Does this name make me look fat? (Why “fatgirlism” needs to stop.)
At Thanksgiving this year, my aunt said I shouldn’t go by “Beth” because it’s “a fat girl’s name”. And before that, when a family friend named his kid Maddie, my brother cringed and said, “I can’t believe he named her that—it just sounds like a fat-girl name!”
If you’re appalled and confused by these judgments, join the club. Last time I checked, names have nothing to do with weight. We all know that people named Maddie and Beth come in all different shapes and sizes. So why all the “fatgirlism”?
According to Urban Dictionary, “fatgirlism” is defined as an obsession with eating food, regardless of weight. “Fat girl” can either be a noun meaning someone “undesirable” or a verb meaning to do something lazy or to impede “more attractive” people from enjoying themselves.
Even the acronym “DUFF” has been invented to stand for Designated Ugly Fat Friend. The stereotypical fat friend eats her friends’ food, has a traditional or simple name, remains single, and serves as a constant reminder that those around her are more socially accepted. Are you over it? So am I.
Though this outright name-calling isn’t in everyone’s vocabulary yet, the mentality behind it is—remember Fat Amy from Pitch Perfect? From the outside, she serves as the comic relief with a spunky, vivacious personality and humorous indifference about food and exercise. Yet truly, Fat Amy’s role is to perpetuate the fat-girl mentality. As the only “fat girl” in the entire movie, Fat Amy’s name, actions, and demeanor just feed into society’s stereotype of the fat, kindhearted sidekick.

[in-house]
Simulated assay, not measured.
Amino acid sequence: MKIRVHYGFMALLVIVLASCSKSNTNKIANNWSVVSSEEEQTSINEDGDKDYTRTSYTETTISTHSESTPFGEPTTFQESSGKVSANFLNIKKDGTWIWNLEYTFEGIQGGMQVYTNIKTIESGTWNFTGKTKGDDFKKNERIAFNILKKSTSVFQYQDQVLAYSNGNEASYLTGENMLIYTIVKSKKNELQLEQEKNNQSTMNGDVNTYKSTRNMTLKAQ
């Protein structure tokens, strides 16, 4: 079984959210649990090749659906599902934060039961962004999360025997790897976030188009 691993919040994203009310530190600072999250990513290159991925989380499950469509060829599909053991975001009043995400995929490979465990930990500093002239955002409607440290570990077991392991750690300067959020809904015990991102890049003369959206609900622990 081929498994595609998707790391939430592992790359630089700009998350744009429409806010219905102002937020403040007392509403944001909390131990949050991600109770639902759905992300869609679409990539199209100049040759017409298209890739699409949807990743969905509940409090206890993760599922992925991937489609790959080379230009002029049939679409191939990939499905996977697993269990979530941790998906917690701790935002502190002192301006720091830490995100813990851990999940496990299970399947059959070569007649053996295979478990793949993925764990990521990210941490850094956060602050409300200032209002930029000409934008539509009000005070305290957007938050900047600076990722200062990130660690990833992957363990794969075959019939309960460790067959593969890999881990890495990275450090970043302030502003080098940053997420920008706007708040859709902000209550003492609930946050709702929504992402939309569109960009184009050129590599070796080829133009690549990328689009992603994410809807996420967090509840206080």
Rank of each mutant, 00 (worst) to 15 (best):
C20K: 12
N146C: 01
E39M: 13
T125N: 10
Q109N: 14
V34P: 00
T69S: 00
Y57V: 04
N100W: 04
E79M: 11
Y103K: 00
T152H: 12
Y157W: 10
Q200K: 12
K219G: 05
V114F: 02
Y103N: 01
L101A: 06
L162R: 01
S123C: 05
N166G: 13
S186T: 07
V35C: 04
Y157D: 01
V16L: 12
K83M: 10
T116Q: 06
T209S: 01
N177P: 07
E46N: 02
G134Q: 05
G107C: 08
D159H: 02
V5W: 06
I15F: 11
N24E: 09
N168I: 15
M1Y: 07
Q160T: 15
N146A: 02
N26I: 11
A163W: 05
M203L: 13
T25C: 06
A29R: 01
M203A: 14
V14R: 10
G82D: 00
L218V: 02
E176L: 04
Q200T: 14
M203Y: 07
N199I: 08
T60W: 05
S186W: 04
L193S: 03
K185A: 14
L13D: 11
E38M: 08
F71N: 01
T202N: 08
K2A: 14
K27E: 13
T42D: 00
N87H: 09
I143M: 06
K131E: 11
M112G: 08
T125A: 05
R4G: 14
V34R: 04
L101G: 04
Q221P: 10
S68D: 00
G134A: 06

And Fat Amy is not the only “fat girl” friend who has been in movies or on TV—think Mercedes from Glee, Jane from Drop Dead Diva, and Sookie St. James from Gilmore Girls, to name a few.
“Fat-girl names” exist because of “fatgirlism.” If we stop associating certain characteristics with certain female sizes and names, we can prevent the unwanted judgment and negativity that come with the fat girl stereotype.
And once the fat-girl stereotype dies, the fat name stereotype will soon follow suit. The world needs to realize that not all “fat girls” (whatever that really means) have certain names, have certain relationships with food, have certain personality types, and are unhealthy.
“Fat girls,” after all, are girls. And as girls, we come with all different stories and personalities and body types.
You with me on this one? Let’s crush this fatgirlism once and for all.
Elizabeth Frankel is a Minnesotan who loves psychology, theatre, and anything related to horses. She seeks to understand why the world is the way it is through critical thinking, and when that fails, she just employs sarcasm.